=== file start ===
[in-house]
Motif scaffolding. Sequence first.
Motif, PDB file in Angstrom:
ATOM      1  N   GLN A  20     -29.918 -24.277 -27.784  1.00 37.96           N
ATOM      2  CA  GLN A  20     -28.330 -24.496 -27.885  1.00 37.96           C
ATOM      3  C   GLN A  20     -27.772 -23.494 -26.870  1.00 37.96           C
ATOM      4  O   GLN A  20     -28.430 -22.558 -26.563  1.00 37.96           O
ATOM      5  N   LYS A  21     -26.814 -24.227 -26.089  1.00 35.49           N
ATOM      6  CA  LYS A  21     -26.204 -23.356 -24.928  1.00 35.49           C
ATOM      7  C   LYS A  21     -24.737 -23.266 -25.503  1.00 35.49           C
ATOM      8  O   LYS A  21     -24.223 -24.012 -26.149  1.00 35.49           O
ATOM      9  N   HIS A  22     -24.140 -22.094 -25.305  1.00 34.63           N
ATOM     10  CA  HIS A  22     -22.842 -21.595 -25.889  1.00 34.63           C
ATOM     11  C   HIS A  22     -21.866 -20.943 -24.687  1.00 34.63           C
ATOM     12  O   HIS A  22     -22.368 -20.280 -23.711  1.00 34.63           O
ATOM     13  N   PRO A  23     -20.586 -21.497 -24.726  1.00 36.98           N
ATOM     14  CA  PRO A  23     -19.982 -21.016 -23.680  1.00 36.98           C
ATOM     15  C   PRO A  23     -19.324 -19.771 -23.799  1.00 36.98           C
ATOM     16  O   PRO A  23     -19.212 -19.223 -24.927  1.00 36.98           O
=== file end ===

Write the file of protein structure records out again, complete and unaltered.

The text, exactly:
[in-house]
Motif scaffolding. Sequence first.
Motif, PDB file in Angstrom:
ATOM      1  N   GLN A  20     -29.918 -24.277 -27.784  1.00 37.96           N
ATOM      2  CA  GLN A  20     -28.330 -24.496 -27.885  1.00 37.96           C
ATOM      3  C   GLN A  20     -27.772 -23.494 -26.870  1.00 37.96           C
ATOM      4  O   GLN A  20     -28.430 -22.558 -26.563  1.00 37.96           O
ATOM      5  N   LYS A  21     -26.814 -24.227 -26.089  1.00 35.49           N
ATOM      6  CA  LYS A  21     -26.204 -23.356 -24.928  1.00 35.49           C
ATOM      7  C   LYS A  21     -24.737 -23.266 -25.503  1.00 35.49           C
ATOM      8  O   LYS A  21     -24.223 -24.012 -26.149  1.00 35.49           O
ATOM      9  N   HIS A  22     -24.140 -22.094 -25.305  1.00 34.63           N
ATOM     10  CA  HIS A  22     -22.842 -21.595 -25.889  1.00 34.63           C
ATOM     11  C   HIS A  22     -21.866 -20.943 -24.687  1.00 34.63           C
ATOM     12  O   HIS A  22     -22.368 -20.280 -23.711  1.00 34.63           O
ATOM     13  N   PRO A  23     -20.586 -21.497 -24.726  1.00 36.98           N
ATOM     14  CA  PRO A  23     -19.982 -21.016 -23.680  1.00 36.98           C
ATOM     15  C   PRO A  23     -19.324 -19.771 -23.799  1.00 36.98           C
ATOM     16  O   PRO A  23     -19.212 -19.223 -24.927  1.00 36.98           O